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Match of the Day: Cats’ support cast answer the call

Harry Taylor gets the better of Alex Rance again. The veteran Cat was the best forward on the ground with four goals. Photo: GETTY IMAGES

Match of the Day: Cats’ support cast answer the call

When Geelong has disappointed in recent times, almost inevitably the discussion has centred around the Cats’ dependence on their very best players and the failure of too many teammates to offer sufficient support.

What better test of the support cast then, than to remove those players from the equation?

For Geelong, coming off an ordinary performance, and up against a Richmond outfit having leapfrogged it on the ladder, the absence on Saturday of the names Selwood, Hawkins and Duncan was certainly a challenge, for many a seemingly insurmountable one.

Importantly, though, not in the minds of the Cats themselves. Their gritty 14-point win, even at the fortress Simonds Stadium has so often proved, has not only restored that third spot on the ladder, but might just have offered, on the eve of another finals campaign, a very important shot of self-belief.

This was a day when the Cats who needed to lift without two of their three best on-ballers and their key forward target did just that.

In midfield, it was the likes of Sam Menegola and Cam Guthrie. In the ruck and around the ground, Zac Smith. In defence, Zac Tuohy and Jake Kolodjashnij. And up forward, Harry Taylor continued to justify his change of role.

But more than just individuals, collectively it was a day Geelong as a 22 stood up to a fierce challenge, even after things didn’t start well. And again, much later in the piece, after being held goalless in the third quarter.

Those were times it seemed more than likely Richmond would actually end their run of 12 straight defeats at the hands of the Cats, winning just their second game at the Cattery in the last 25 years. But even then, Geelong as a team found the resolve as a group to effectively say: “Not on my watch”.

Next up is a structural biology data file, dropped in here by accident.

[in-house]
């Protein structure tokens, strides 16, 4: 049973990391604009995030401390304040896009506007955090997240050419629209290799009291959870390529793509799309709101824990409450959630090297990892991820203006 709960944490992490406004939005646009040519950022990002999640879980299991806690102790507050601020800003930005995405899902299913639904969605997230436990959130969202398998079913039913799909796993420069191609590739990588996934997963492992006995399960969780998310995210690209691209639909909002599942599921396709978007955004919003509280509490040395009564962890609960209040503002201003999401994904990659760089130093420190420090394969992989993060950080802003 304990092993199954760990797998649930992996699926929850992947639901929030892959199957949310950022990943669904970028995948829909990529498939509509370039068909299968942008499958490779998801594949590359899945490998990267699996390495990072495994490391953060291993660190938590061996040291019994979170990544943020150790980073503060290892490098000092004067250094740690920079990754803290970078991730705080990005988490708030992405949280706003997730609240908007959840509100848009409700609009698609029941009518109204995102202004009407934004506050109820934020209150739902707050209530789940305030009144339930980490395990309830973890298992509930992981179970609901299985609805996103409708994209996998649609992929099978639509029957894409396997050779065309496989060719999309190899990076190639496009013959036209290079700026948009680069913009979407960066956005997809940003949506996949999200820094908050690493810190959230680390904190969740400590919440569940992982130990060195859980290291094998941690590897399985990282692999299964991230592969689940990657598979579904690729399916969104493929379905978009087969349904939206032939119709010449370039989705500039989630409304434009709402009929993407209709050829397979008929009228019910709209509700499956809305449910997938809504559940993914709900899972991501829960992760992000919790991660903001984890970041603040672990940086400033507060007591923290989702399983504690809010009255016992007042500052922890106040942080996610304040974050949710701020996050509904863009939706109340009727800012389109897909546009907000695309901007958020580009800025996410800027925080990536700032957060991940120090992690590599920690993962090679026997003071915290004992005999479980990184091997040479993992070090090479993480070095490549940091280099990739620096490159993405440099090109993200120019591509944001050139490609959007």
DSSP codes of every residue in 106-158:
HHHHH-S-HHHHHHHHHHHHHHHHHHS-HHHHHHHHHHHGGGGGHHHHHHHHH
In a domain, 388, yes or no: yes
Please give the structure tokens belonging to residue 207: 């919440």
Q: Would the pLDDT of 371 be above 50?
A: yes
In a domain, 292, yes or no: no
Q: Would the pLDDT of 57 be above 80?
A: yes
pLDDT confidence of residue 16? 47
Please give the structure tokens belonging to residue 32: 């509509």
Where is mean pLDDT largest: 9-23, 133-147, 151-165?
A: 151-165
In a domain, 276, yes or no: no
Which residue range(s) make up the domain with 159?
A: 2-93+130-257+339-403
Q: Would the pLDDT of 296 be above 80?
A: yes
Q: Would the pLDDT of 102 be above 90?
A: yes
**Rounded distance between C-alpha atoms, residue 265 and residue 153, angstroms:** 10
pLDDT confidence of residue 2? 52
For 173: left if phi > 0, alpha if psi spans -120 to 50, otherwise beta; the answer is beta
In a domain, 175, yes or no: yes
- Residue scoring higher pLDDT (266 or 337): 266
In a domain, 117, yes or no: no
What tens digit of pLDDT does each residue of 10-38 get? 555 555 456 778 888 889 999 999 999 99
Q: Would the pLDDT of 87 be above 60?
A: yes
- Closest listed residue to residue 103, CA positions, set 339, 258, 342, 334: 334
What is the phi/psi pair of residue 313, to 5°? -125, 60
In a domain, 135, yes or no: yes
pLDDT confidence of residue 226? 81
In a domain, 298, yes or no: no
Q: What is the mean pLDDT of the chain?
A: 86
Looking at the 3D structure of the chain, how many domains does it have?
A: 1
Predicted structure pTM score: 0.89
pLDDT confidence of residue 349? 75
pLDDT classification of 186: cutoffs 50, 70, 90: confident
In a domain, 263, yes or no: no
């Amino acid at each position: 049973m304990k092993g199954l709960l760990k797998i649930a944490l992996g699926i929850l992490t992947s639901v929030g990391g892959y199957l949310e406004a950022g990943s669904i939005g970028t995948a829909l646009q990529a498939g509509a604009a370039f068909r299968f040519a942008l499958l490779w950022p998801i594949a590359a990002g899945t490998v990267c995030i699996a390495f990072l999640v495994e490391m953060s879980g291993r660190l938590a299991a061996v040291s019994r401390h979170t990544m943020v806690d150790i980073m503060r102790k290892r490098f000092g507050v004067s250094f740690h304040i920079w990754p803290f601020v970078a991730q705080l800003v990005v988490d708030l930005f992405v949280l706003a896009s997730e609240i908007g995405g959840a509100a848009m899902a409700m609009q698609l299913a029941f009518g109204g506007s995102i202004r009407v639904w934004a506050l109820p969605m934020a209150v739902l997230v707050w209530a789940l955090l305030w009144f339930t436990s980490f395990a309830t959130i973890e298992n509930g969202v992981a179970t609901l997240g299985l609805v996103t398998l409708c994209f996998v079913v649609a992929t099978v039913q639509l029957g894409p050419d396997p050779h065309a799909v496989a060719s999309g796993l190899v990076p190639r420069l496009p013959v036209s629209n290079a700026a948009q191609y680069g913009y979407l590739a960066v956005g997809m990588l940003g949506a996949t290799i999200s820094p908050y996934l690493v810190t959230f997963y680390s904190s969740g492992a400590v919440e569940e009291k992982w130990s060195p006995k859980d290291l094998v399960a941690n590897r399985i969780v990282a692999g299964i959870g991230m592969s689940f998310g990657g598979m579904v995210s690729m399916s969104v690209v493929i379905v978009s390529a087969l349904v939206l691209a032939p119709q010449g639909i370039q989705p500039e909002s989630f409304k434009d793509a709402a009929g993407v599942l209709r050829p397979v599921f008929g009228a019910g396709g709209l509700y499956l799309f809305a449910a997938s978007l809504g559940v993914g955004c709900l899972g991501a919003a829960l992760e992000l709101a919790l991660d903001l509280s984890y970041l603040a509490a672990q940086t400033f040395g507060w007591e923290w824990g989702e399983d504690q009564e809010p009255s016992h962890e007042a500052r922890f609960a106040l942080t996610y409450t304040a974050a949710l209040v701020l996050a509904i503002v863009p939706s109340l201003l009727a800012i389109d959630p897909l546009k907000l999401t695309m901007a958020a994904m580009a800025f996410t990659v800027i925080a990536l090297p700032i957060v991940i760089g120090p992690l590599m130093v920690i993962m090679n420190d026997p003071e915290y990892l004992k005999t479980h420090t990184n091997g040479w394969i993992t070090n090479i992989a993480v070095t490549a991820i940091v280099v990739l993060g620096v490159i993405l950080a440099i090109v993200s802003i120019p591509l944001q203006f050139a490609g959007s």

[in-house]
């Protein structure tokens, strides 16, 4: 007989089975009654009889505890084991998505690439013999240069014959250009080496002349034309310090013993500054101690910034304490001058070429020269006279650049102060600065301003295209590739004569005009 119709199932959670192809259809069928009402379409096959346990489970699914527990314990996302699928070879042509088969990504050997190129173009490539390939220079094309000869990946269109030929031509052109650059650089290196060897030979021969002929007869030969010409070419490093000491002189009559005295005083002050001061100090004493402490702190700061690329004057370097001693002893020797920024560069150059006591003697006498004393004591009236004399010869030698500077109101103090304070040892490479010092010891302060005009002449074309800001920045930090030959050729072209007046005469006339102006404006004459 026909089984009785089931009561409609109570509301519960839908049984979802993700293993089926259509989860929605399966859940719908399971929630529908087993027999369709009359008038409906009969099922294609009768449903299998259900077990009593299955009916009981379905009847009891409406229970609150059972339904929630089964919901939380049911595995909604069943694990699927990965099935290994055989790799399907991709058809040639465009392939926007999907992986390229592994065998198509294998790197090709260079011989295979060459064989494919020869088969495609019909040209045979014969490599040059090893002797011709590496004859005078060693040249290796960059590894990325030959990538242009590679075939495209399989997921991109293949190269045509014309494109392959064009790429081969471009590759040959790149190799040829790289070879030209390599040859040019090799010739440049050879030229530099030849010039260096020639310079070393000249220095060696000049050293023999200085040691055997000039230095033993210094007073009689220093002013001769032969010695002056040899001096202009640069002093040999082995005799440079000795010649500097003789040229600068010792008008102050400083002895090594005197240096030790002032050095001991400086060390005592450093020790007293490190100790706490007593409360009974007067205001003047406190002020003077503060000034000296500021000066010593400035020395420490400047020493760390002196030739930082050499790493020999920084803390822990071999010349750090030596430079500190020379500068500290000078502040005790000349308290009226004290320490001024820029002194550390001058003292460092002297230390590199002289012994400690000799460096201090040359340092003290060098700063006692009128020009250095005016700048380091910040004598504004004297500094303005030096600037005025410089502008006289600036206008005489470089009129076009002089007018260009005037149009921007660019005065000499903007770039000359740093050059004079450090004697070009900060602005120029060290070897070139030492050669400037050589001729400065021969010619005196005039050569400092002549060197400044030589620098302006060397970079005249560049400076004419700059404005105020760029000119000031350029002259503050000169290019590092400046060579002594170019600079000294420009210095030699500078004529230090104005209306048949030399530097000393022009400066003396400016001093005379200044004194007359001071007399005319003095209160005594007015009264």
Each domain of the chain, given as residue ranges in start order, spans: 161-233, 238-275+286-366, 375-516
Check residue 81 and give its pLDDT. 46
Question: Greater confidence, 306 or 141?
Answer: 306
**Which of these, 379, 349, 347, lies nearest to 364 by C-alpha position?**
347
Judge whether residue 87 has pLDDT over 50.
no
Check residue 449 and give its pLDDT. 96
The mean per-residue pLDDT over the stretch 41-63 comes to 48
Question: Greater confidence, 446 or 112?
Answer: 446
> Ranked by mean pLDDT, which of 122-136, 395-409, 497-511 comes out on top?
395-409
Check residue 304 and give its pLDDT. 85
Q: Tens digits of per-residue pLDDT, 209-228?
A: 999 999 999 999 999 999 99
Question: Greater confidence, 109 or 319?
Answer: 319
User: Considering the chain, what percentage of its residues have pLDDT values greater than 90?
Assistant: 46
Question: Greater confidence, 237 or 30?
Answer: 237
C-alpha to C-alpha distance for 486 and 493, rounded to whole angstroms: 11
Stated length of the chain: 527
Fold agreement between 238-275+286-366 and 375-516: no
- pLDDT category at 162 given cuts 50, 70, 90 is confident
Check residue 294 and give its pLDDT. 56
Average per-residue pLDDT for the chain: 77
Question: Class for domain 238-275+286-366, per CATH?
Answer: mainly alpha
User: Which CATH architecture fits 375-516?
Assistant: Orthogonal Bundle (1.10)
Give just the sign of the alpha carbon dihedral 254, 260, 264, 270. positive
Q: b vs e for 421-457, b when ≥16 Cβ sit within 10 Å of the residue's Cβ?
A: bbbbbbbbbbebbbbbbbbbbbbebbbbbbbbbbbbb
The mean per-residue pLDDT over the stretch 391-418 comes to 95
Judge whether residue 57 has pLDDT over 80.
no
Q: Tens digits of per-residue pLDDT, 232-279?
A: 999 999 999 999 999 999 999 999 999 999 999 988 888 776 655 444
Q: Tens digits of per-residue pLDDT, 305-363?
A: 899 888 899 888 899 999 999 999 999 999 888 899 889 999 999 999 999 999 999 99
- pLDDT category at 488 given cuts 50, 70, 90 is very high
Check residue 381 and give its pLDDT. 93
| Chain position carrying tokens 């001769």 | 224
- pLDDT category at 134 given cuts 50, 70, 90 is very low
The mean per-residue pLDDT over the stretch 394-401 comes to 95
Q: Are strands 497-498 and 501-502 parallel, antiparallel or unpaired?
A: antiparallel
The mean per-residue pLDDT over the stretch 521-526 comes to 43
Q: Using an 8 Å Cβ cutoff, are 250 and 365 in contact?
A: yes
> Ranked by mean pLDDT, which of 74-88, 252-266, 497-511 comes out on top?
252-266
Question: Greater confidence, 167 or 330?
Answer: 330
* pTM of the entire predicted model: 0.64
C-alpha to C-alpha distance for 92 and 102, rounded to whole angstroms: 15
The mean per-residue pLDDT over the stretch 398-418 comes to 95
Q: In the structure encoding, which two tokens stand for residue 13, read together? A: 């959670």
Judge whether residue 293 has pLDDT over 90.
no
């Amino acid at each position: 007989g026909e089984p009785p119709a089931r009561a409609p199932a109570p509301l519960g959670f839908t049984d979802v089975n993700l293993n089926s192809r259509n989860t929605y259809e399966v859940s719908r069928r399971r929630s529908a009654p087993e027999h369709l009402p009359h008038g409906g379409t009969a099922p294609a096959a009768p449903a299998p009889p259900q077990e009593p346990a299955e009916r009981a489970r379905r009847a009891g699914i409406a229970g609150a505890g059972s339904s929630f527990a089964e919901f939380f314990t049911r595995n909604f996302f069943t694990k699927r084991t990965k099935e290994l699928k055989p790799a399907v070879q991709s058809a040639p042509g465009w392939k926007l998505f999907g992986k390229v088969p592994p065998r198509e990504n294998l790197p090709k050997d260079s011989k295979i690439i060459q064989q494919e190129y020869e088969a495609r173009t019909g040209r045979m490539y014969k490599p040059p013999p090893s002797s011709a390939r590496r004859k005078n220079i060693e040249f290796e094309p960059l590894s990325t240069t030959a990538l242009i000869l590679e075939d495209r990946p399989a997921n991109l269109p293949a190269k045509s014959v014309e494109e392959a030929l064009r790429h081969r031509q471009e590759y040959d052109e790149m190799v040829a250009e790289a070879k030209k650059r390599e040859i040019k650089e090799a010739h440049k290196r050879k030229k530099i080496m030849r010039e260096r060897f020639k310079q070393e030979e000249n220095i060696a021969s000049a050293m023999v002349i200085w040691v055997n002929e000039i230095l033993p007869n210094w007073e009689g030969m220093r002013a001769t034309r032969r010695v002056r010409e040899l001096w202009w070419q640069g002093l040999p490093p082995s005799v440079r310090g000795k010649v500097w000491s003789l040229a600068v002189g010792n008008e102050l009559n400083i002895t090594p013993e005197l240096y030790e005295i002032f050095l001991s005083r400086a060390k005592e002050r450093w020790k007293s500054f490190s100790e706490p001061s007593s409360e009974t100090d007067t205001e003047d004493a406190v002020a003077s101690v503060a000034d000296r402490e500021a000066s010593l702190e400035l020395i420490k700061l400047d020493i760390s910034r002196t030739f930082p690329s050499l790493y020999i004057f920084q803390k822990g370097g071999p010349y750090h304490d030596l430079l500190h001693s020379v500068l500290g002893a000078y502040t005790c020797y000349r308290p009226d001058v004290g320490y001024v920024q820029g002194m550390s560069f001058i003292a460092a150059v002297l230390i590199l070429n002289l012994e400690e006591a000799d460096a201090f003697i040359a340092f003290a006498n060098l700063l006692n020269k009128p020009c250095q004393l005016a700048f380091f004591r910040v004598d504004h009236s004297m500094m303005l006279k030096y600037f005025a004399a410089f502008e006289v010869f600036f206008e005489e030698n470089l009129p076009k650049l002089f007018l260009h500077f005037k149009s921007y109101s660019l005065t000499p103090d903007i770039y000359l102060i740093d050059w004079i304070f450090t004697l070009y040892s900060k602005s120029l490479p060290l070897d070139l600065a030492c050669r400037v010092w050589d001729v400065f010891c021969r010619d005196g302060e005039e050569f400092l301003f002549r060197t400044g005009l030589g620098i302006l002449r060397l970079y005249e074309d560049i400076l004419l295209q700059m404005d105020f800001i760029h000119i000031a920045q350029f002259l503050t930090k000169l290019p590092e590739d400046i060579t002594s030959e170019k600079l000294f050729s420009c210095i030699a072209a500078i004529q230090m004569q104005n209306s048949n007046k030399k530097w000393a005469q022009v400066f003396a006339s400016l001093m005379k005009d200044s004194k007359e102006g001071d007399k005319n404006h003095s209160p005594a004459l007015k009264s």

That was after Richmond had brought the greater intensity early, underrated on-baller Kane Lambert leading the way. Lambert had a big hand in the first two goals of the game, winning a free kick for holding the ball which ended with Josh Caddy snapping over his shoulder, then delivering to Jack Riewoldt, who duly converted.

If that hadn’t seen enough of a tone, Lambert then backed courageously into a pack to fist the ball 30 metres in his team’s direction. The Tigers were up on the scoreboard, had dominated possession and had seven forward entries to just one.

But Geelong hit back quickly and emphatically with three goals in three minutes. Rhys Stanley had the first. Taylor, pitted against Alex Rance, got in front of his man for the first of several occasions for another, and when Cam Guthrie swooped on a loose ball on 50 and slammed it through, suddenly the Cats had a seven-point lead.

By now, Richmond had not only lost the lead, but was one man down, Caddy having limped off with a hamstring injury just before quarter-time.

It was also losing what was shaping as the pivotal duel of the match, Taylor getting right on top of Rance for two second-quarter goals as Geelong slammed on another five to just one in reply.

Dan Butler had the first for the Tigers in under two minutes, but that would be it for the quarter.

Taylor’s second saw him outmark Rance again in an end-to-end movement begun with a fierce Tom Lonergan tackle on Shane Edwards. He had a third after a bad bounce eluded Richmond’s All-Australian defender and Taylor pounced on the loose bouncing ball.

In between, he’d set up Sam Simpson for another goal, Richmond now losing in the clinches and having its attacks continually repelled by a hard-working and well-connected Geelong defence.